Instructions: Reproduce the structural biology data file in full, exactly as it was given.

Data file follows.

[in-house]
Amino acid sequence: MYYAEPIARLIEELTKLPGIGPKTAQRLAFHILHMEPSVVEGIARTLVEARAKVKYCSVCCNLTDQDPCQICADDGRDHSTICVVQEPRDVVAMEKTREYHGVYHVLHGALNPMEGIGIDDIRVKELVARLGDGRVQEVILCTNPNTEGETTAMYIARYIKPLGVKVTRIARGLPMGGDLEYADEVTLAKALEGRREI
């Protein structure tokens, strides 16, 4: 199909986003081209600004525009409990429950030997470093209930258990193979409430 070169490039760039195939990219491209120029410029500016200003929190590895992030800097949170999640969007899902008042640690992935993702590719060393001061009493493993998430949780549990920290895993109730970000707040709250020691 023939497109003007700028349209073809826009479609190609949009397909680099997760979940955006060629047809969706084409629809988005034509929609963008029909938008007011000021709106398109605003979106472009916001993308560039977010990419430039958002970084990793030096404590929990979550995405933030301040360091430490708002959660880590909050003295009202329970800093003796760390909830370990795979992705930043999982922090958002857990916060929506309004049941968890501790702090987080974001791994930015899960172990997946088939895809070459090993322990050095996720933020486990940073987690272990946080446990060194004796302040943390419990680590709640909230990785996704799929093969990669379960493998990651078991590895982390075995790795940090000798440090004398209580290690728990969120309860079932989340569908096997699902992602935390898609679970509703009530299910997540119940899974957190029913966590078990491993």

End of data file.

[in-house]
Amino acid sequence: MYYAEPIARLIEELTKLPGIGPKTAQRLAFHILHMEPSVVEGIARTLVEARAKVKYCSVCCNLTDQDPCQICADDGRDHSTICVVQEPRDVVAMEKTREYHGVYHVLHGALNPMEGIGIDDIRVKELVARLGDGRVQEVILCTNPNTEGETTAMYIARYIKPLGVKVTRIARGLPMGGDLEYADEVTLAKALEGRREI
């Protein structure tokens, strides 16, 4: 199909986003081209600004525009409990429950030997470093209930258990193979409430 070169490039760039195939990219491209120029410029500016200003929190590895992030800097949170999640969007899902008042640690992935993702590719060393001061009493493993998430949780549990920290895993109730970000707040709250020691 023939497109003007700028349209073809826009479609190609949009397909680099997760979940955006060629047809969706084409629809988005034509929609963008029909938008007011000021709106398109605003979106472009916001993308560039977010990419430039958002970084990793030096404590929990979550995405933030301040360091430490708002959660880590909050003295009202329970800093003796760390909830370990795979992705930043999982922090958002857990916060929506309004049941968890501790702090987080974001791994930015899960172990997946088939895809070459090993322990050095996720933020486990940073987690272990946080446990060194004796302040943390419990680590709640909230990785996704799929093969990669379960493998990651078991590895982390075995790795940090000798440090004398209580290690728990969120309860079932989340569908096997699902992602935390898609679970509703009530299910997540119940899974957190029913966590078990491993």